Strong Magnetic Field Hampers Lying

University of Tartu cognitive and law psychology professor Talis Bachmann and doctoral candidate and lector at the Estonian Academy of Security Sciences Inga Karton carried out experiments to determine whether it is possible to affect the likelihood of lying by stimulating the human brain.

Prefrontal Cortex

Prefrontal Cortex: The dorsolateral prefrontal cortex in the brain (shown in purple) is thought to be intimately involved with the process of decision-making. Photo: Wikimedia Commons

The dorsolateral prefrontal cortex (a part of the brain neocortex) regulates short-term memory, plays an important role in directing intellectual processes, and also takes part in morality-related decisions. This region has also been shown to play a significant role in several deceptive activities, including cheating and lying.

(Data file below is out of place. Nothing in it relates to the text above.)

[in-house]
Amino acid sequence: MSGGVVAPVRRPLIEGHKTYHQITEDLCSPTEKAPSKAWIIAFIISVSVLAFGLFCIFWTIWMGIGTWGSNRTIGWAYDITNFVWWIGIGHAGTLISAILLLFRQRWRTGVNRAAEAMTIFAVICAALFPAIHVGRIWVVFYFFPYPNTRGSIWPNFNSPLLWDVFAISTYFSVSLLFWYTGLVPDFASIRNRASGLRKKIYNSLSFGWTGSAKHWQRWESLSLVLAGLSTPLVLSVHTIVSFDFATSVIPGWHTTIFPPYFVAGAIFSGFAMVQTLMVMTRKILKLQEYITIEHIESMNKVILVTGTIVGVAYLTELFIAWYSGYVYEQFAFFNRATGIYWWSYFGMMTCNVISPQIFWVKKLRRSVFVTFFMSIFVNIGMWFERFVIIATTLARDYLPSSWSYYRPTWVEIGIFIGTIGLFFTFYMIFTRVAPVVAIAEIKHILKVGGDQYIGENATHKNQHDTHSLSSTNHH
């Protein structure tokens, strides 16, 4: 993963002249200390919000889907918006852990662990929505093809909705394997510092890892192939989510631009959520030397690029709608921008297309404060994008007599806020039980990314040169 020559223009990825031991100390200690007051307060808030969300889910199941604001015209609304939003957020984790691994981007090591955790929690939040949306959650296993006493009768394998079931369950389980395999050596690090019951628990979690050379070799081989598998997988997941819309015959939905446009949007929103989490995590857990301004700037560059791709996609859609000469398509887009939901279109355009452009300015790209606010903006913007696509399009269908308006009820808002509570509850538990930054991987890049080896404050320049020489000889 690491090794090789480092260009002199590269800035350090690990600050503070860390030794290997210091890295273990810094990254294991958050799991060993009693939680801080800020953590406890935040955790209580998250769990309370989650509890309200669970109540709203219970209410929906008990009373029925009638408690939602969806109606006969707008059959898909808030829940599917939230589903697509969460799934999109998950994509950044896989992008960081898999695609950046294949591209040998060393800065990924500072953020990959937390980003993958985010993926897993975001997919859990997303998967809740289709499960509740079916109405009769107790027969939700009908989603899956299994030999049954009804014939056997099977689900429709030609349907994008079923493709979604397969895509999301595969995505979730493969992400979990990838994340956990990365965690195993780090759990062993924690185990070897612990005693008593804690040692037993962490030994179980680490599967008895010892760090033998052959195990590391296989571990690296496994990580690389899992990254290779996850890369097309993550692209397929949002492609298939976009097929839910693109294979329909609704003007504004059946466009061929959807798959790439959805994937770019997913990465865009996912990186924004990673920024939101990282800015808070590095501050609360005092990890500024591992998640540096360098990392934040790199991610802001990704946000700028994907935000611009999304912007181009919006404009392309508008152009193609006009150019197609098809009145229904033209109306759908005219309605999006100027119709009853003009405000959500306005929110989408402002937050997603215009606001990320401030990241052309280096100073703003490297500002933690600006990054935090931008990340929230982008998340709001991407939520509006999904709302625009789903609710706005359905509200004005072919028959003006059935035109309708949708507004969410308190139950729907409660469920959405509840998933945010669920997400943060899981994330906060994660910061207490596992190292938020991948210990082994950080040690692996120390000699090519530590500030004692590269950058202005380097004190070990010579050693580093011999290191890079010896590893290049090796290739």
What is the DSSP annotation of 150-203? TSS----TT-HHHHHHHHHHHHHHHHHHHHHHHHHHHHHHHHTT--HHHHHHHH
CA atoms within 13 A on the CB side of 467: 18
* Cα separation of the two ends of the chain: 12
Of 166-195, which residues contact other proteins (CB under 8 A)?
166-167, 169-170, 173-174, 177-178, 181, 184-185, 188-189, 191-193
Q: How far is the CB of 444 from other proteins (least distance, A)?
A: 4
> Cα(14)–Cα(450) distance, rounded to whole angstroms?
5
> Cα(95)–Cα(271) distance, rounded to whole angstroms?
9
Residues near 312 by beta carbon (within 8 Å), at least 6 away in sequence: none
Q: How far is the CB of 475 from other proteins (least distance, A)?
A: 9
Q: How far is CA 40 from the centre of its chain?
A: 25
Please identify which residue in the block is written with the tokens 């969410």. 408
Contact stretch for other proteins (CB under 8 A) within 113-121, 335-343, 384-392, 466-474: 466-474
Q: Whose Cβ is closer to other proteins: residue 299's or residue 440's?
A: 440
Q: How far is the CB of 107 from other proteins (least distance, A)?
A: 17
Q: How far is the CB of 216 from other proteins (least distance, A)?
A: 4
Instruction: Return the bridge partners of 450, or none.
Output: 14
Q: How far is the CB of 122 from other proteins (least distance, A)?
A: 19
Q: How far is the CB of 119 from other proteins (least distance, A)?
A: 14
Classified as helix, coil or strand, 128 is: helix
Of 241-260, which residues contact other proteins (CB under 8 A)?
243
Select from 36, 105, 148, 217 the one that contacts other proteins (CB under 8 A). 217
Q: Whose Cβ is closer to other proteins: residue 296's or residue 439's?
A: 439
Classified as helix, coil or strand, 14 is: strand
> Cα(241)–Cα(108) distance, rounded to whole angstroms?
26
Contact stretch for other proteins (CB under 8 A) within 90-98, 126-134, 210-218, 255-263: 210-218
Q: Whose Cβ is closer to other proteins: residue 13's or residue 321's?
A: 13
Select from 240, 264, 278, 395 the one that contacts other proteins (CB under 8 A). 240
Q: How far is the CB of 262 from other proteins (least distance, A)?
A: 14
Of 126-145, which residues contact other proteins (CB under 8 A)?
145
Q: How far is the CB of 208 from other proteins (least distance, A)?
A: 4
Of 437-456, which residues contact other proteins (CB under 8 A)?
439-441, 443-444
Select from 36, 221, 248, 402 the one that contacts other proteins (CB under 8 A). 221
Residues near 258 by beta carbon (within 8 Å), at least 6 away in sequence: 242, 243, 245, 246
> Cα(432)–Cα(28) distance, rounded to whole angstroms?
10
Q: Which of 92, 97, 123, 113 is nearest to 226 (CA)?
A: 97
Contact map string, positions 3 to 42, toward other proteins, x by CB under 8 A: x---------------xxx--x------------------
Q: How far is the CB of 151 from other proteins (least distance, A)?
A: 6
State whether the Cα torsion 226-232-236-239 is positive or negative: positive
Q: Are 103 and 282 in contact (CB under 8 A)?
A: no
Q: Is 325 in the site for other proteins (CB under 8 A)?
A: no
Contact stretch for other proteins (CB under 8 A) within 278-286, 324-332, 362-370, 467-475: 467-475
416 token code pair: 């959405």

The experiment was carried out on 16 volunteers who were shown colourful circles on a computer screen and given the task of reporting the circle’s colour. The experiment guidelines gave them a chance to choose freely between telling the truth or lying without any risk.

During the experiment, the subjects’ dorsolateral prefrontal cortex was affected by a strong magnetic field using transcranial magnetic stimulation, a technology that makes it possible to channel electricity directly into the brain. The process is painless and subjects only reported a mild tickling sensation.

When the magnetic field was affecting the dorsolateral prefrontal cortex of the left hemisphere, subjects tended to lie more. Stimulating the same region in the right hemisphere increased the likelihood of telling the truth.

Longer stories on the same subject appeared in the Popular Science magazine and in the Guardian.

ResearchBlogging.orgKarton I, & Bachmann T (2011). Effect of prefrontal transcranial magnetic stimulation on spontaneous truth-telling. Behavioural brain research, 225 (1), 209-14 PMID: 21807030

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